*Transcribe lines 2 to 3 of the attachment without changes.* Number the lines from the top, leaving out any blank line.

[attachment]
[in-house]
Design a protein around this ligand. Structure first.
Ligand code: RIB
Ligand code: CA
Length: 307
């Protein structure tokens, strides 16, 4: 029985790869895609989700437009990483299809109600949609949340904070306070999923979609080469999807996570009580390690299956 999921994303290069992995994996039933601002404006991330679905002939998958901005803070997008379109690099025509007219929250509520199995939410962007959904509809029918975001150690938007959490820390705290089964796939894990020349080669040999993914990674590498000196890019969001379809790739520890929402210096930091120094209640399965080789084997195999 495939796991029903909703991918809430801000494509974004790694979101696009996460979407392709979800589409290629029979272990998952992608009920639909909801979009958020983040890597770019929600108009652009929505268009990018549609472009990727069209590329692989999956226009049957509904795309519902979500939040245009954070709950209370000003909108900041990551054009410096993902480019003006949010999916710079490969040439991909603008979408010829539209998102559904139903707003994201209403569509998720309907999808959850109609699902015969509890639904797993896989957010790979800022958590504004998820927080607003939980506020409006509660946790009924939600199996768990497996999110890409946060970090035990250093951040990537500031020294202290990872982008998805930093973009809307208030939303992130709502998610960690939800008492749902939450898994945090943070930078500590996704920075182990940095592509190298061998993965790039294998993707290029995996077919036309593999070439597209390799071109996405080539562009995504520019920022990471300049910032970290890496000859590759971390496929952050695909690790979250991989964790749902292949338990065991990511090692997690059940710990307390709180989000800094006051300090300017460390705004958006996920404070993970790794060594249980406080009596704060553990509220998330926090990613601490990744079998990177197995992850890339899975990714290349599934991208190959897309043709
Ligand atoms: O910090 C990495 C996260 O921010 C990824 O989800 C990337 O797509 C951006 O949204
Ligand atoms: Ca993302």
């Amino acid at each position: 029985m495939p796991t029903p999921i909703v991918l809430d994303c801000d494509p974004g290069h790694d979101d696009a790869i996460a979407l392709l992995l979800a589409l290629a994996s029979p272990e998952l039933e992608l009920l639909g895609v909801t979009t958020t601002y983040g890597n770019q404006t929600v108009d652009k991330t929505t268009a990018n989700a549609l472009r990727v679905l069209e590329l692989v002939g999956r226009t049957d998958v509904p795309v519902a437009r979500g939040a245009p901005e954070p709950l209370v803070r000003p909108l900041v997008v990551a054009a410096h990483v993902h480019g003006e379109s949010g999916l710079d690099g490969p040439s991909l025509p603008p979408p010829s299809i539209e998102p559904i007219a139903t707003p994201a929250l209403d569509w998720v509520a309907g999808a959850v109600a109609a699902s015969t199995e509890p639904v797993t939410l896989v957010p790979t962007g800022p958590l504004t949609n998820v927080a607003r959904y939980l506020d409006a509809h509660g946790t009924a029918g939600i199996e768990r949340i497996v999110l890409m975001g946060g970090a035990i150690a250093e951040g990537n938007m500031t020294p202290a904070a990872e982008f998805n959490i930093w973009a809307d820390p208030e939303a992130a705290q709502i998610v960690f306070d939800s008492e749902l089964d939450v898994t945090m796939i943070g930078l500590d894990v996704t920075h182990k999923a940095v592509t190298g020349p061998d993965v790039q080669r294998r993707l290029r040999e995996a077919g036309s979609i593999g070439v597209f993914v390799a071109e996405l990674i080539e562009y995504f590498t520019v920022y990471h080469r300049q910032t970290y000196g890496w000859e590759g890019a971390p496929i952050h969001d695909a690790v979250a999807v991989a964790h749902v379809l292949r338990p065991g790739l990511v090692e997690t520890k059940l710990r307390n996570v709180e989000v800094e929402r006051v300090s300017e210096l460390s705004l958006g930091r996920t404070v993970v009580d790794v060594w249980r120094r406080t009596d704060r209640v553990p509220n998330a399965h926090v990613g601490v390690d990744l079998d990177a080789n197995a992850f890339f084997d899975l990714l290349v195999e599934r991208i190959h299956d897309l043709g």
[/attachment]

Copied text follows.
Design a protein around this ligand. Structure first.
Ligand code: RIB